Linking form to function: Biophysical aspects of artificial antigen presenting cell design

Karlo Perica, Alyssa K. Kosmides, Jonathan P. Schneck

Research output: Contribution to journalReview articlepeer-review

32 Scopus citations


Artificial antigen presenting cells (aAPCs) are engineered platforms for T cell activation and expansion, synthesized by coupling T cell activating proteins to the surface of cell lines or biocompatible particles. They can serve both as model systems to study the basic aspects of T cell signaling and translationally as novel approaches for either active or adoptive immunotherapy. Historically, these reductionist systems have not been designed to mimic the temporally and spatially complex interactions observed during endogenous T cell-APC contact, which include receptor organization at both micro- and nanoscales and dynamic changes in cell and membrane morphologies. Here, we review how particle size and shape, as well as heterogenous distribution of T cell activating proteins on the particle surface, are critical aspects of aAPC design. In doing so, we demonstrate how insights derived from endogenous T cell activation can be applied to optimize aAPC, and in turn how aAPC platforms can be used to better understand endogenous T cell stimulation. This article is part of a Special Issue entitled: Nanoscale membrane organisation and signalling.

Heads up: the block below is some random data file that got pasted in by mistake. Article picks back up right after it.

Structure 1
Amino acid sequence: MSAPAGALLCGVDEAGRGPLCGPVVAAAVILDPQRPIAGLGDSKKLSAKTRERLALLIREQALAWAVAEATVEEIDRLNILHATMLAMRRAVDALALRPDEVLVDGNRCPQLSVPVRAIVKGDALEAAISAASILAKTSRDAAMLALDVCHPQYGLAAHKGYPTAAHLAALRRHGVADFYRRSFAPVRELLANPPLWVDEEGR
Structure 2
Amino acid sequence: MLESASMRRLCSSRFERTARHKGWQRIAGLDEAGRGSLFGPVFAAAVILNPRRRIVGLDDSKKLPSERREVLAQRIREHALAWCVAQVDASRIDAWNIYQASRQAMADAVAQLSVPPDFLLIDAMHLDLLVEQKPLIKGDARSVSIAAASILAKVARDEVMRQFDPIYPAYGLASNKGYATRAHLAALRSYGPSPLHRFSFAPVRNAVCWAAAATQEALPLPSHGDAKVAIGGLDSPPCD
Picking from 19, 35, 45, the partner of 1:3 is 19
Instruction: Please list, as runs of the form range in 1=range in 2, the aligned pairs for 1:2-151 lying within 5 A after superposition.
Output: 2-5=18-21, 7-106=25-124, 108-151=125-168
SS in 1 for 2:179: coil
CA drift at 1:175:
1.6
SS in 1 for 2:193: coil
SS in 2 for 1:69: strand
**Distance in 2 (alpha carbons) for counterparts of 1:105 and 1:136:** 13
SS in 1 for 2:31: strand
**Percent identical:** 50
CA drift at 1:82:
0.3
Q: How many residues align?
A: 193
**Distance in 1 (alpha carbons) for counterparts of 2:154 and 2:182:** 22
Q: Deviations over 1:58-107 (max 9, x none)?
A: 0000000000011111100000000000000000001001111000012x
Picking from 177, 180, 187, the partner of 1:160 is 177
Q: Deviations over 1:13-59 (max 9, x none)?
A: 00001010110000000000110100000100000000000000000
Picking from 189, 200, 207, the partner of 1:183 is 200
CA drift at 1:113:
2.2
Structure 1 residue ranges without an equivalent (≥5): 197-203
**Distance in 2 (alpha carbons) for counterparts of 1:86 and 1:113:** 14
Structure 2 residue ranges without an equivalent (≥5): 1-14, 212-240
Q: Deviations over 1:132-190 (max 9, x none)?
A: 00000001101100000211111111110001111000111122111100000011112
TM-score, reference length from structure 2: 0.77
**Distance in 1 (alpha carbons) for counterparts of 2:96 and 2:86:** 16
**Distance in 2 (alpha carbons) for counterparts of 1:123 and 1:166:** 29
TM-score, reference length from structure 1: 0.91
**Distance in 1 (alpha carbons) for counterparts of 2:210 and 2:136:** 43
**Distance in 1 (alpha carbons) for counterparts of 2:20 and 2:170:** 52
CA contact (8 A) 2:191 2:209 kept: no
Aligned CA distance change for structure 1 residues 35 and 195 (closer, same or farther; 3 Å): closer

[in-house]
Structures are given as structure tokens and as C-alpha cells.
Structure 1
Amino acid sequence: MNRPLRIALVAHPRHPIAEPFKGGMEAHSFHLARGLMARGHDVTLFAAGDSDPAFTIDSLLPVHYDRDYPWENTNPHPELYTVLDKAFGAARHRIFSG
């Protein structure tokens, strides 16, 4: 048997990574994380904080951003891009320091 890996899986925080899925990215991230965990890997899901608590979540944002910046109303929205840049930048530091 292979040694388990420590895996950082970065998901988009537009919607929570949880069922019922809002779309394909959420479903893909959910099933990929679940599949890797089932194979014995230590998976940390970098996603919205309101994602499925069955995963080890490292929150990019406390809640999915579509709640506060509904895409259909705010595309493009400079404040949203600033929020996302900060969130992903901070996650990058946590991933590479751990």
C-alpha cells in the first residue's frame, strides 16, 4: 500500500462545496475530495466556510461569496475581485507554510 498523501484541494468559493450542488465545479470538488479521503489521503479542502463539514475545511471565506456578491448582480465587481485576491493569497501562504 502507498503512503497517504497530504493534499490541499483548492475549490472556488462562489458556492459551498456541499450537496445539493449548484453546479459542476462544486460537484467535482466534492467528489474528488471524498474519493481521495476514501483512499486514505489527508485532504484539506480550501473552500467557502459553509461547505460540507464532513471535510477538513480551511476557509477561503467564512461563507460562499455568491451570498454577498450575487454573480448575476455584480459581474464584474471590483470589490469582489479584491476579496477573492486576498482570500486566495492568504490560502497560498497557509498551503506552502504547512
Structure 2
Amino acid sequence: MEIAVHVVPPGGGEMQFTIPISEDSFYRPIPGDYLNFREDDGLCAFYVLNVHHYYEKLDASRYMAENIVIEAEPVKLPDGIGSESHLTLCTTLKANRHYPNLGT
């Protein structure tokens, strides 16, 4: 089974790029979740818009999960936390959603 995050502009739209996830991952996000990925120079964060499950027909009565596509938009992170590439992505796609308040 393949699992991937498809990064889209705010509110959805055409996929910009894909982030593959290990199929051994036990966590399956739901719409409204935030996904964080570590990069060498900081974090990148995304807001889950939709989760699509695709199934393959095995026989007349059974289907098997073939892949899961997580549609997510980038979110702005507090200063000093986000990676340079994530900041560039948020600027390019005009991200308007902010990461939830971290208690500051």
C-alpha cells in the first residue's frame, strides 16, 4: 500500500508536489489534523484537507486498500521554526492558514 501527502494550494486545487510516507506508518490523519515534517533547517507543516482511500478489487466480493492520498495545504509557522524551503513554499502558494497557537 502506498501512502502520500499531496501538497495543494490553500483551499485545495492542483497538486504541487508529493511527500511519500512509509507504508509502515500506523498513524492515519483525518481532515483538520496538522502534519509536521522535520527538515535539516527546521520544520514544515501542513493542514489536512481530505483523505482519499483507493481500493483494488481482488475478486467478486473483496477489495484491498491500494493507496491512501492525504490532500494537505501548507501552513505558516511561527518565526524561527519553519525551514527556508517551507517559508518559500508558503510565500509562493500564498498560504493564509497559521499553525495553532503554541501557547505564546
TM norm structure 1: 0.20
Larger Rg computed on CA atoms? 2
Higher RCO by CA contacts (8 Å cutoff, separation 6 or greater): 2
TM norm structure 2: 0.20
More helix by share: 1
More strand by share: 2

Original languageEnglish (US)
Pages (from-to)781-790
Number of pages10
JournalBiochimica et Biophysica Acta - Molecular Cell Research
Issue number4
StatePublished - Apr 1 2015


  • Artificial antigen presenting cell
  • Immunotherapy
  • Microparticle
  • Microscale interaction
  • Nanoscale interaction

ASJC Scopus subject areas

  • Molecular Biology
  • Cell Biology


Dive into the research topics of 'Linking form to function: Biophysical aspects of artificial antigen presenting cell design'. Together they form a unique fingerprint.

Cite this